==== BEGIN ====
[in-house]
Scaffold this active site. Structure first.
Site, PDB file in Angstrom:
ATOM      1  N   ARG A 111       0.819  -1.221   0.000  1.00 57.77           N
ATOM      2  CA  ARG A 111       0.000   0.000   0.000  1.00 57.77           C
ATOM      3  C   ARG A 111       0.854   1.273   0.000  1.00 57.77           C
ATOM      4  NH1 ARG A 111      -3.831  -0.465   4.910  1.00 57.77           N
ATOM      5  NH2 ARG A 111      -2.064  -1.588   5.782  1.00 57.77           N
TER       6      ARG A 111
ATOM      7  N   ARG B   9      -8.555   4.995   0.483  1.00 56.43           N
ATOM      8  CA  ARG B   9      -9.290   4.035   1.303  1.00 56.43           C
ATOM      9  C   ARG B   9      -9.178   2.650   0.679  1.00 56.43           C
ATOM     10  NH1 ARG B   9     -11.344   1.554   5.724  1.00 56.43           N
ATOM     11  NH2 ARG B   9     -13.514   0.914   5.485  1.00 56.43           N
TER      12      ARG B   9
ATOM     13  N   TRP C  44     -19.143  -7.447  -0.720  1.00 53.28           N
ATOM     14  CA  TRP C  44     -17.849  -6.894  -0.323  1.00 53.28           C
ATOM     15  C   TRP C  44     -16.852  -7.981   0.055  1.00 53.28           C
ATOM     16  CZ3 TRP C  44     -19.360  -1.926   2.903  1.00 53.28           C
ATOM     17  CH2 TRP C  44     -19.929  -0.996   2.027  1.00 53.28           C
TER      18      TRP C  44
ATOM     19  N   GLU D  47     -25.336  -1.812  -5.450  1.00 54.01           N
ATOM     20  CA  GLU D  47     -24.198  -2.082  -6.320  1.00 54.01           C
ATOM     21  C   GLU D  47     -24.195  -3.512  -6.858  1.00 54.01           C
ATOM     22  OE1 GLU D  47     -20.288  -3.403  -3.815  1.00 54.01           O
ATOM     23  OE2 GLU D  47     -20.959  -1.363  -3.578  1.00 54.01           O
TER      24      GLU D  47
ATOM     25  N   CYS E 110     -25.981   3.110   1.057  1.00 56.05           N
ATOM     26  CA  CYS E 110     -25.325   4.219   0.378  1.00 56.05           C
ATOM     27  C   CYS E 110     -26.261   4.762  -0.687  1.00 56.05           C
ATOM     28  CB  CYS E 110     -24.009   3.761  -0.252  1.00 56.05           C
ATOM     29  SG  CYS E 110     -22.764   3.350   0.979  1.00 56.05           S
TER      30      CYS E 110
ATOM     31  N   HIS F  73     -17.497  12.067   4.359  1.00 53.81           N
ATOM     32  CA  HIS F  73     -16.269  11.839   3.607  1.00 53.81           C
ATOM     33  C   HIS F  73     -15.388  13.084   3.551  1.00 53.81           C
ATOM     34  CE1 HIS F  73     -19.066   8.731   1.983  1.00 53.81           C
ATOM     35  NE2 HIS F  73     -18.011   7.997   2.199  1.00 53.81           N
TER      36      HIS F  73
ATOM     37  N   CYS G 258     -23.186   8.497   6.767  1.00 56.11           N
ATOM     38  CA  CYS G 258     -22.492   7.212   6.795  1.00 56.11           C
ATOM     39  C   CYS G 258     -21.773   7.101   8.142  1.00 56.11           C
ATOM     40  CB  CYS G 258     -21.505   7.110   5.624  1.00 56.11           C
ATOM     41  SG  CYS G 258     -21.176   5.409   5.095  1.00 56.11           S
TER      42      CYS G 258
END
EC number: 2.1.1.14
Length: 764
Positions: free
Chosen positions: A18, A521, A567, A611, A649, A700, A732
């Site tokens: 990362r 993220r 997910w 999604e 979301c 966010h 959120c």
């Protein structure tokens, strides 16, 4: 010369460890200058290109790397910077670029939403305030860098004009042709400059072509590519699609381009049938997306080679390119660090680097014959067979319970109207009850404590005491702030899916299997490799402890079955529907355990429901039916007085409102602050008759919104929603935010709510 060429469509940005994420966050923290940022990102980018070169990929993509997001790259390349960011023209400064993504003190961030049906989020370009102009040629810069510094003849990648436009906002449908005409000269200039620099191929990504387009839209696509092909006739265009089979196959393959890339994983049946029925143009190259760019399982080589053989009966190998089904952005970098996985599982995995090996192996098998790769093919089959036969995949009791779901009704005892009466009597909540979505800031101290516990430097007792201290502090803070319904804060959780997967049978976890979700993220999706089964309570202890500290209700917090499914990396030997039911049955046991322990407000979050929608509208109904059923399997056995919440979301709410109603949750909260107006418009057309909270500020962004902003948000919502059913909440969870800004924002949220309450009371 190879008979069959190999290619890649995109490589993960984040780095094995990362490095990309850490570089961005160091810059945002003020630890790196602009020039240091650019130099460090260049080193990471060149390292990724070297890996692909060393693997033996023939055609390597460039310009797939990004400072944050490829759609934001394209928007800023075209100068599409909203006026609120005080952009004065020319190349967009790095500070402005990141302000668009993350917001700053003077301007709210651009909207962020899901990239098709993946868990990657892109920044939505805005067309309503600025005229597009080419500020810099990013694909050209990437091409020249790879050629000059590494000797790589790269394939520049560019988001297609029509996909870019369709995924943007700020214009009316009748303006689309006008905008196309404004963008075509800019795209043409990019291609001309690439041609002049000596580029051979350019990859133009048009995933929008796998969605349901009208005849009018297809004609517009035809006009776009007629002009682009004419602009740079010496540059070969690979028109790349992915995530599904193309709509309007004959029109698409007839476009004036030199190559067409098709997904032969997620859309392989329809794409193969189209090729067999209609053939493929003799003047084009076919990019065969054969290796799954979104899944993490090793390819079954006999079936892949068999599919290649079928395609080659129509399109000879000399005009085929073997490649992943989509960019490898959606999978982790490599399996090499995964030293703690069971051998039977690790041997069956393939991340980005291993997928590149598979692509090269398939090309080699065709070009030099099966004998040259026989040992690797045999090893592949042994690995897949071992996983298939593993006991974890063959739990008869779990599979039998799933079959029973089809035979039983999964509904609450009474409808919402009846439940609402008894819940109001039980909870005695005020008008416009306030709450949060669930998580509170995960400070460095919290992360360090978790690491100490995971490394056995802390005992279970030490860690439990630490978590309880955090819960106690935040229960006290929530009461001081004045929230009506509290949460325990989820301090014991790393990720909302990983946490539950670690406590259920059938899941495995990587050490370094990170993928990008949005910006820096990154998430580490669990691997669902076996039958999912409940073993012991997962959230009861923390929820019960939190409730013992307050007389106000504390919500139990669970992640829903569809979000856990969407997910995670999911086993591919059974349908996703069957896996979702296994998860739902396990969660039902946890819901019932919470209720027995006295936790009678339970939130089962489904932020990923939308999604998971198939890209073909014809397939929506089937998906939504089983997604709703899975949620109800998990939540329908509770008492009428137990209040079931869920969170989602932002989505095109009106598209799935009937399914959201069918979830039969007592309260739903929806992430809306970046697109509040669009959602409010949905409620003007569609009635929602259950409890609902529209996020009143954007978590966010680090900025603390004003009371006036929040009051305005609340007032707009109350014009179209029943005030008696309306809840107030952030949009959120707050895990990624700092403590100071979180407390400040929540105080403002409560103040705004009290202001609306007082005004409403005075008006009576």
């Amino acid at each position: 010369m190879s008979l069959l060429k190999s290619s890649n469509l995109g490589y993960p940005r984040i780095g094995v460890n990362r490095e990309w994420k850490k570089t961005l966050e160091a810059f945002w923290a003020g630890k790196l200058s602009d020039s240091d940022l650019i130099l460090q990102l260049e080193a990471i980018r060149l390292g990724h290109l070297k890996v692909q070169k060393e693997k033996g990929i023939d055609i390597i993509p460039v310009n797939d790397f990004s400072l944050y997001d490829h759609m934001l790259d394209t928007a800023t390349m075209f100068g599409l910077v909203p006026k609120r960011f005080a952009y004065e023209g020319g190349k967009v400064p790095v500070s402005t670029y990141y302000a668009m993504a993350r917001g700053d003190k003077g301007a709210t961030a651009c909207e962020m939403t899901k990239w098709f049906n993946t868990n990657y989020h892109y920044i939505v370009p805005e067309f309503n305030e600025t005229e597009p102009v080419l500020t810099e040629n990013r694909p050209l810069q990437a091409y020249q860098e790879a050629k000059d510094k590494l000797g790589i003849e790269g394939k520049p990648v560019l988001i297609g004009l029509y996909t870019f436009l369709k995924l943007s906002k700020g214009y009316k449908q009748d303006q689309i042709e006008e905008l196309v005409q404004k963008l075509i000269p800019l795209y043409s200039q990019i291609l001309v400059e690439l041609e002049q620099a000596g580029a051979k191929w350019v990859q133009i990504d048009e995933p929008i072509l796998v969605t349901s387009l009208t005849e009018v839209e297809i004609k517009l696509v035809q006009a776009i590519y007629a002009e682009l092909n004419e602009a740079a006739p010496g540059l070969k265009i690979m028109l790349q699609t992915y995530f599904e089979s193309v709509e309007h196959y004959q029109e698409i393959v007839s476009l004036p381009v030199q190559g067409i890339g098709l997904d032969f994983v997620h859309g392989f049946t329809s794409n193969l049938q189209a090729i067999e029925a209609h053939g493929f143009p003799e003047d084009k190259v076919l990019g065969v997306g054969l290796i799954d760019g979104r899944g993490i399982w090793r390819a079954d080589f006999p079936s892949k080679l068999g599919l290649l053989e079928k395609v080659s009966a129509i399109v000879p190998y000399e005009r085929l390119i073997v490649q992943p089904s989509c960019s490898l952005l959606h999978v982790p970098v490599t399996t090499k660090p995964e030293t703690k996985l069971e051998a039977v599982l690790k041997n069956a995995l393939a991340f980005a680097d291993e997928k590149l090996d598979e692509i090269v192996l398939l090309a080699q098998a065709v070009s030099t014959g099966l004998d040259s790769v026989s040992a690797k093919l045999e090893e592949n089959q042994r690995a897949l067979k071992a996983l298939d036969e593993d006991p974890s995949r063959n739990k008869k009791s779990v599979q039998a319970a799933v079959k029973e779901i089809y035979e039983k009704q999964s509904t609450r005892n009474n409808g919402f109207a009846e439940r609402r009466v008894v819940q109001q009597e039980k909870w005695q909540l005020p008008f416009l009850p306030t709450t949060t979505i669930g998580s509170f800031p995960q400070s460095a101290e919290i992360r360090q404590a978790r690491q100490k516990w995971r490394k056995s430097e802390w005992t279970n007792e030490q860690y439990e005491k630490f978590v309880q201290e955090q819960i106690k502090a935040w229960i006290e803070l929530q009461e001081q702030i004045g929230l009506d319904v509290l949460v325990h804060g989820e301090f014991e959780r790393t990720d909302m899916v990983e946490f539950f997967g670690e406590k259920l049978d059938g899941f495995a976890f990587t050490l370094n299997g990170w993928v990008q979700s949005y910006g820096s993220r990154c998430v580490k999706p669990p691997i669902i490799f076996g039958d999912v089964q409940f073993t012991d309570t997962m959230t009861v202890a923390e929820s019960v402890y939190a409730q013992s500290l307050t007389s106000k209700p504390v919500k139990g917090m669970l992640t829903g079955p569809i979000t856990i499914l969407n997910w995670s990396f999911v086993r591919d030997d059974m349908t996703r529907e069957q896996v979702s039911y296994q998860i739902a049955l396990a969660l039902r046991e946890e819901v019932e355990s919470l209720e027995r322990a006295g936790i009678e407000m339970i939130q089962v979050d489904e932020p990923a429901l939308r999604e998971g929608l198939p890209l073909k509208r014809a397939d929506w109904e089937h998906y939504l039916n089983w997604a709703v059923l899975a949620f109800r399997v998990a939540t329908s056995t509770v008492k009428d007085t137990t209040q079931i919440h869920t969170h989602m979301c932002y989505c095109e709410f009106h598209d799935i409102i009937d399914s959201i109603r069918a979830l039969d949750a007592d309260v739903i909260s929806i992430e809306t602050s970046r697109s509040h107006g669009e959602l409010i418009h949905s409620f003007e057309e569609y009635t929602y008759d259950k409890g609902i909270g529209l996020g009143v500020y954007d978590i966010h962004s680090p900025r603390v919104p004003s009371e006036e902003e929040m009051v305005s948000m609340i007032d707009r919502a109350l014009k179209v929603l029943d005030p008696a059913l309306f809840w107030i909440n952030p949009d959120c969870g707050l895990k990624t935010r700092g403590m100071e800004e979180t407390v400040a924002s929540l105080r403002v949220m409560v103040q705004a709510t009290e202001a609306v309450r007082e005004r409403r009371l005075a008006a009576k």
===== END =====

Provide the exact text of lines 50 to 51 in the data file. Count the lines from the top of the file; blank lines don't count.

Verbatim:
Chosen positions: A18, A521, A567, A611, A649, A700, A732
């Site tokens: 990362r 993220r 997910w 999604e 979301c 966010h 959120c």